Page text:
The Girl She Used to Be is built on a fascinating concept. Melody Grace McCartney has been in the Witness Protection Program ever since she was six years old, when she and her parents accidentally witnessed a brutal Mafia murder. Since then, she’s been constantly on the move, from one bland American small town to the next, changing identities, never able to put down roots. Because Melody has no past, she is unable to have a future or even much of a present.
By the time the story opens, she’s twenty-six and her parents are dead. Melody has gotten in the habit of using the witness protection program as an escape valve when her life gets boring. As the novel begins, Melody (currently Sandra) once again calls the FBI to let them know that she’s been receiving (imaginary) threats on her life, and immediately she is whisked away yet again to begin another new life.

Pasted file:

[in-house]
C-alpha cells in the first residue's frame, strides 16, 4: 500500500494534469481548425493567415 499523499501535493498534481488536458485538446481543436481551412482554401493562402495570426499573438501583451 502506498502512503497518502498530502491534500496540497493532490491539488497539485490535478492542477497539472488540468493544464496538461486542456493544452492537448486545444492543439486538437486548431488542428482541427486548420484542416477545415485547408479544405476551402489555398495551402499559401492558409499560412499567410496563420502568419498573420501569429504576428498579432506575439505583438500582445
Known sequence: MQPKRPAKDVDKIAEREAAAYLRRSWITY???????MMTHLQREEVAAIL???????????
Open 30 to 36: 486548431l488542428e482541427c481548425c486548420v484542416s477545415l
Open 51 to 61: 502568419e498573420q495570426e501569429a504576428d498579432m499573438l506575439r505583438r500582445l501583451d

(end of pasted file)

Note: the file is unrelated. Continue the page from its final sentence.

But this time there’s an unexpected twist, as the Mafia — in the form of a young, good-looking, gangster-with-a-heart-of-gold — steals her right out from under the federal marshals, and Melody is not only on the run again, but falling in love.
This great premise makes for a likable main character and a page-turning plot that made the book hard to put down. There were a few places where I felt the writing itself could be tighter, could show more and tell less, but that didn’t take away from my enjoyment of a very engaging story. The ending is bittersweet — not as happy as you might hope, nor as bad as it could have been — but, as far as is possible for this kind of book, it’s realistic, and satisfying. I read this book in a day and a half and definitely recommend it.